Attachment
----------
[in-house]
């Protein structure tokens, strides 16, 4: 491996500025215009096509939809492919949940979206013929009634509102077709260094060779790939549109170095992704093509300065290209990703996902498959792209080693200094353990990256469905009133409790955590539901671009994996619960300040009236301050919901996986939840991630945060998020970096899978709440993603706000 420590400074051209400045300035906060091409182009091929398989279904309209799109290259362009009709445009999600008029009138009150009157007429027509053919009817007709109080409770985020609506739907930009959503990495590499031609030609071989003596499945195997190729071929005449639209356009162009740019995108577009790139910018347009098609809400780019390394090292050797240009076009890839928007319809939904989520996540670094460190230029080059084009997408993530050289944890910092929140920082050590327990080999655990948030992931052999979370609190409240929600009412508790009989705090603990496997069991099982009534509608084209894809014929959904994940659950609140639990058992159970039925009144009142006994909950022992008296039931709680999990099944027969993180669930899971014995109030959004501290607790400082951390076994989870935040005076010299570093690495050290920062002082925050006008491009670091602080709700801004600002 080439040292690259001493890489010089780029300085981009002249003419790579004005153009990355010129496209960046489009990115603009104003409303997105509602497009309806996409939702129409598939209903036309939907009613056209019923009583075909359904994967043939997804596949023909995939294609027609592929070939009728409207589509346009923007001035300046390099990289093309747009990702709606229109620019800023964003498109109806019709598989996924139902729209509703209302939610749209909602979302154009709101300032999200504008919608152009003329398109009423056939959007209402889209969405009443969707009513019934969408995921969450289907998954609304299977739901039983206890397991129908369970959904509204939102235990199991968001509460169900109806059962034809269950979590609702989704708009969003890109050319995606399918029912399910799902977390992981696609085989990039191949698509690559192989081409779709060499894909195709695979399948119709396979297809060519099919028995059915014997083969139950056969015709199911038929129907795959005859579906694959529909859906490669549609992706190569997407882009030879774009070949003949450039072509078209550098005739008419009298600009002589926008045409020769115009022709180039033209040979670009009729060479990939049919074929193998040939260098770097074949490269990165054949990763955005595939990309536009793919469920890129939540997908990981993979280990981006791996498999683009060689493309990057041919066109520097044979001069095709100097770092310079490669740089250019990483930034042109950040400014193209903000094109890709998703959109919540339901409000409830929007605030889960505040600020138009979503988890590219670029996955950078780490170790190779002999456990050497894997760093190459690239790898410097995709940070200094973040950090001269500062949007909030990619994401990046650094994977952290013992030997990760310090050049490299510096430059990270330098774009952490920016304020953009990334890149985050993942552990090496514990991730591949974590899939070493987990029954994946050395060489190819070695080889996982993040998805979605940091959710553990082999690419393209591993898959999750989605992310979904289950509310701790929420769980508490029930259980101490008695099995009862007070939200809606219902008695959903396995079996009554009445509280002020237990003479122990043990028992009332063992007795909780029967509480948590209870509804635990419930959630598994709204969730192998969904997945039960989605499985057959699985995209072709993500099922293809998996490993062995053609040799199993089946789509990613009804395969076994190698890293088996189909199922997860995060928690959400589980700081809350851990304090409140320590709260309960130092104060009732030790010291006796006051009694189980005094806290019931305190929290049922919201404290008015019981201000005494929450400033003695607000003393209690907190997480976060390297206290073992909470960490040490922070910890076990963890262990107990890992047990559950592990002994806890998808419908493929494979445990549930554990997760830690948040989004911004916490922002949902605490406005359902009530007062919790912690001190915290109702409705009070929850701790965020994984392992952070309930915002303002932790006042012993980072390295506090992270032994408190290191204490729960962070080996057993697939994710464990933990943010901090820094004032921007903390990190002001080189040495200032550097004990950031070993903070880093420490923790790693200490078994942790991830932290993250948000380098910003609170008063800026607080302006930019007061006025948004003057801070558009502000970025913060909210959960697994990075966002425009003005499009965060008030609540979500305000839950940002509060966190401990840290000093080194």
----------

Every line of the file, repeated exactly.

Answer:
[in-house]
């Protein structure tokens, strides 16, 4: 491996500025215009096509939809492919949940979206013929009634509102077709260094060779790939549109170095992704093509300065290209990703996902498959792209080693200094353990990256469905009133409790955590539901671009994996619960300040009236301050919901996986939840991630945060998020970096899978709440993603706000 420590400074051209400045300035906060091409182009091929398989279904309209799109290259362009009709445009999600008029009138009150009157007429027509053919009817007709109080409770985020609506739907930009959503990495590499031609030609071989003596499945195997190729071929005449639209356009162009740019995108577009790139910018347009098609809400780019390394090292050797240009076009890839928007319809939904989520996540670094460190230029080059084009997408993530050289944890910092929140920082050590327990080999655990948030992931052999979370609190409240929600009412508790009989705090603990496997069991099982009534509608084209894809014929959904994940659950609140639990058992159970039925009144009142006994909950022992008296039931709680999990099944027969993180669930899971014995109030959004501290607790400082951390076994989870935040005076010299570093690495050290920062002082925050006008491009670091602080709700801004600002 080439040292690259001493890489010089780029300085981009002249003419790579004005153009990355010129496209960046489009990115603009104003409303997105509602497009309806996409939702129409598939209903036309939907009613056209019923009583075909359904994967043939997804596949023909995939294609027609592929070939009728409207589509346009923007001035300046390099990289093309747009990702709606229109620019800023964003498109109806019709598989996924139902729209509703209302939610749209909602979302154009709101300032999200504008919608152009003329398109009423056939959007209402889209969405009443969707009513019934969408995921969450289907998954609304299977739901039983206890397991129908369970959904509204939102235990199991968001509460169900109806059962034809269950979590609702989704708009969003890109050319995606399918029912399910799902977390992981696609085989990039191949698509690559192989081409779709060499894909195709695979399948119709396979297809060519099919028995059915014997083969139950056969015709199911038929129907795959005859579906694959529909859906490669549609992706190569997407882009030879774009070949003949450039072509078209550098005739008419009298600009002589926008045409020769115009022709180039033209040979670009009729060479990939049919074929193998040939260098770097074949490269990165054949990763955005595939990309536009793919469920890129939540997908990981993979280990981006791996498999683009060689493309990057041919066109520097044979001069095709100097770092310079490669740089250019990483930034042109950040400014193209903000094109890709998703959109919540339901409000409830929007605030889960505040600020138009979503988890590219670029996955950078780490170790190779002999456990050497894997760093190459690239790898410097995709940070200094973040950090001269500062949007909030990619994401990046650094994977952290013992030997990760310090050049490299510096430059990270330098774009952490920016304020953009990334890149985050993942552990090496514990991730591949974590899939070493987990029954994946050395060489190819070695080889996982993040998805979605940091959710553990082999690419393209591993898959999750989605992310979904289950509310701790929420769980508490029930259980101490008695099995009862007070939200809606219902008695959903396995079996009554009445509280002020237990003479122990043990028992009332063992007795909780029967509480948590209870509804635990419930959630598994709204969730192998969904997945039960989605499985057959699985995209072709993500099922293809998996490993062995053609040799199993089946789509990613009804395969076994190698890293088996189909199922997860995060928690959400589980700081809350851990304090409140320590709260309960130092104060009732030790010291006796006051009694189980005094806290019931305190929290049922919201404290008015019981201000005494929450400033003695607000003393209690907190997480976060390297206290073992909470960490040490922070910890076990963890262990107990890992047990559950592990002994806890998808419908493929494979445990549930554990997760830690948040989004911004916490922002949902605490406005359902009530007062919790912690001190915290109702409705009070929850701790965020994984392992952070309930915002303002932790006042012993980072390295506090992270032994408190290191204490729960962070080996057993697939994710464990933990943010901090820094004032921007903390990190002001080189040495200032550097004990950031070993903070880093420490923790790693200490078994942790991830932290993250948000380098910003609170008063800026607080302006930019007061006025948004003057801070558009502000970025913060909210959960697994990075966002425009003005499009965060008030609540979500305000839950940002509060966190401990840290000093080194």